All the buses have a screen that tells you which stop you are at and how many more there are to go. This is sometimes accompanied by a voice that reads the screen. The voice on the bus was silent but the screen told me we were one stop from the end.

By this time I was thirsty and needed to eat. Most of the interchanges and suburbs have a small number of shops. I had tossed up whether to get off at Belconnen but thought I would wait until Fraser. We are still sitting at the penultimate stop. The driver is clapping his hands trying to catch mozzies, then he hums Bollywood sounding tunes, his turban wobblying to the rhythm. We are there for about 10 minutes. I think he has forgotten me. Finally we move and arrive at Fraser. There is nothing there; no shops, no toilets (except for bus drivers) no places to sit, just a sea of houses. I can see NSW.

I walk up to the driver to make him aware I am still there. He is surprised. He confirms there is nothing around here and tells me that he is only going back to Belconnen, not into the city, as he has to pick up a different route now. I tell him what I am doing and give him one of my cards. He asks me to say nothing bad. I assure him I never would.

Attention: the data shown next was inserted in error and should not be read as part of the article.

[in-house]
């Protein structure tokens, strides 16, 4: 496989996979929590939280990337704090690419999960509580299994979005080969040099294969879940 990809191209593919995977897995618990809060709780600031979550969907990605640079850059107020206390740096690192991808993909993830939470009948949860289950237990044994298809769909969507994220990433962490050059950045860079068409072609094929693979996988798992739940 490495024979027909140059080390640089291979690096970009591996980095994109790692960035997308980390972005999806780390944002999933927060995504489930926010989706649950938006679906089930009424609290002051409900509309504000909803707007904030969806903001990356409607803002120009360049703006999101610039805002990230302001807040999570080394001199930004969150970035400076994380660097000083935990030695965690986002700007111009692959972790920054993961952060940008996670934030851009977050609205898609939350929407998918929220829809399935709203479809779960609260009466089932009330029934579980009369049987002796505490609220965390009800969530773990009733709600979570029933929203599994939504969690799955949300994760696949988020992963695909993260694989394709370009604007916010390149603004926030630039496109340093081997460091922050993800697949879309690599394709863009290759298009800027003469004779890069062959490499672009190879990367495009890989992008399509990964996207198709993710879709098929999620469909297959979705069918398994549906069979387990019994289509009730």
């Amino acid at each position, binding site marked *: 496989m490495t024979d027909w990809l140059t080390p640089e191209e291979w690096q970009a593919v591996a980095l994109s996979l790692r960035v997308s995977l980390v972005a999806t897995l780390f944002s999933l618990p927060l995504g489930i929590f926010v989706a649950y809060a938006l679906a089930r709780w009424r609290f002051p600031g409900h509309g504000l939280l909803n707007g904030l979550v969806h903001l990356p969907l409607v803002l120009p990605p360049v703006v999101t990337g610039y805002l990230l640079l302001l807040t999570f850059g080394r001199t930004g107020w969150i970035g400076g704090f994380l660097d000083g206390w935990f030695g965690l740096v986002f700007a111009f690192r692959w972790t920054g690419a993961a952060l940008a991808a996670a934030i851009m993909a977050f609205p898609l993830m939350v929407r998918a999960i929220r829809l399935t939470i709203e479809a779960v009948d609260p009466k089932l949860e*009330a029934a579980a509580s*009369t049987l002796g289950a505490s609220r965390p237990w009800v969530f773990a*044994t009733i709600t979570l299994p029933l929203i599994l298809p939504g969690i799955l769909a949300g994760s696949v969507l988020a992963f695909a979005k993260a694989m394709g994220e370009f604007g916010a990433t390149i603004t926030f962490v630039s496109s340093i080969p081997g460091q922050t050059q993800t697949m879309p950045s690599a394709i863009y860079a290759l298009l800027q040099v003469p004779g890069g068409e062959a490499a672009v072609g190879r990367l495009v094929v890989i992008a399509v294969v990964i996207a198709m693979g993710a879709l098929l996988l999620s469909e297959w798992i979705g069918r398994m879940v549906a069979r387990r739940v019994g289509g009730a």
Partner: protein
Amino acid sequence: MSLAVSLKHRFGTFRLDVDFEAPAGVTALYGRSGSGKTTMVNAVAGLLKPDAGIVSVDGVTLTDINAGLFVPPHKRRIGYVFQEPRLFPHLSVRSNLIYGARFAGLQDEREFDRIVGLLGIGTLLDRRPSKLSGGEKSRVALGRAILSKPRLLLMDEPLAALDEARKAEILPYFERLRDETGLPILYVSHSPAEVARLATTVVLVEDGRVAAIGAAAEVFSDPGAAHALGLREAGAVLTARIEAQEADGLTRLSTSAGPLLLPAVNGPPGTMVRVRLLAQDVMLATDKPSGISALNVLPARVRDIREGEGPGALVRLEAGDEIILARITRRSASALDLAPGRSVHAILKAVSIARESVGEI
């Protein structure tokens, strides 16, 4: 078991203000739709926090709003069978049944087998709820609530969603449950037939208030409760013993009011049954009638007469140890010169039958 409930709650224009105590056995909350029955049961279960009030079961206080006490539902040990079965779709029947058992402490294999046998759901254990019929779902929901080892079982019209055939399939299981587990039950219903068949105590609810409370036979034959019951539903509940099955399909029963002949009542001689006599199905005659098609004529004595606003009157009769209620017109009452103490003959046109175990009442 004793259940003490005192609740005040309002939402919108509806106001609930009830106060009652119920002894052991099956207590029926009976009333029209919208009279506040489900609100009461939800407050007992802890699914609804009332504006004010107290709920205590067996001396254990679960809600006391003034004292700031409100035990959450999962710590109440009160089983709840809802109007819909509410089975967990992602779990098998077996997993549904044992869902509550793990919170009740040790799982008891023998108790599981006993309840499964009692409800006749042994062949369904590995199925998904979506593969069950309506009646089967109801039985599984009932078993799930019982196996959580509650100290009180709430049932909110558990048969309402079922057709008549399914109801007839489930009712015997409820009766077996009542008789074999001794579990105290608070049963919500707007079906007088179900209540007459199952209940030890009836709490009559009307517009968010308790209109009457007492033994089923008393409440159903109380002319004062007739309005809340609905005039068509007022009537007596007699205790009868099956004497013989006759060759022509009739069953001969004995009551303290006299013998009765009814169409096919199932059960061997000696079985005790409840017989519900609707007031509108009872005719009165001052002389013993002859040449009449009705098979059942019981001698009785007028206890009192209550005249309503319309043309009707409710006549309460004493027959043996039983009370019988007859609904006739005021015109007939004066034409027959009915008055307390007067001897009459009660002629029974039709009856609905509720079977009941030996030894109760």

I am the only person on the bus until we get to Belconnen. The driver drops me off and we part company with a cheery wave.

The Belconnen bus interchange is never boring; people, traffic, noise, colour and movement. I sit next to a woman who is crocheting yellow granny squares. I knew at some stage my two interests would collide; buses and craft, how could they not? She tells me and then shows me a larger thing she is working on with just a short tuff sticking out at the end. I ask her if she is member of the Canberra Knitters and Crocheters Facebook group I belong to and if she ever gets to a group in person. She tells me she has joined recently and loves to look at others’ work online. I go to the Tradies most Sundays and suggest she come along. She tells me she would love to but other things get in the way. She suggests that we should all wear badges or pins so we could identify each other when out and about, as it is so nice to chat to others interested in the same things. (This idea is now being investigated for our group)

Her bus arrives, and off she goes wrapping up her ball of yellow yarn and stuffing it in her bag. Maybe I should take my crochet out with me, as it gives people something to talk about.

My bus arrives shortly after and we make our way back into the city. The last week has been warm with only a little rain. The trees look like they are suffering a little with the grass browning off; only grass that is watered regularly remains green. The eucalypts all have pools of shedding bark around their base.

I finally arrive home at lunchtime, hot, tired, thirsty and a little bothered. I make a mental note to remember my hat, water bottle and snack for the next time I do such a long trip.

Modern life is confusing, but once you get things in place most things work smoothly. Until they don’t or they change.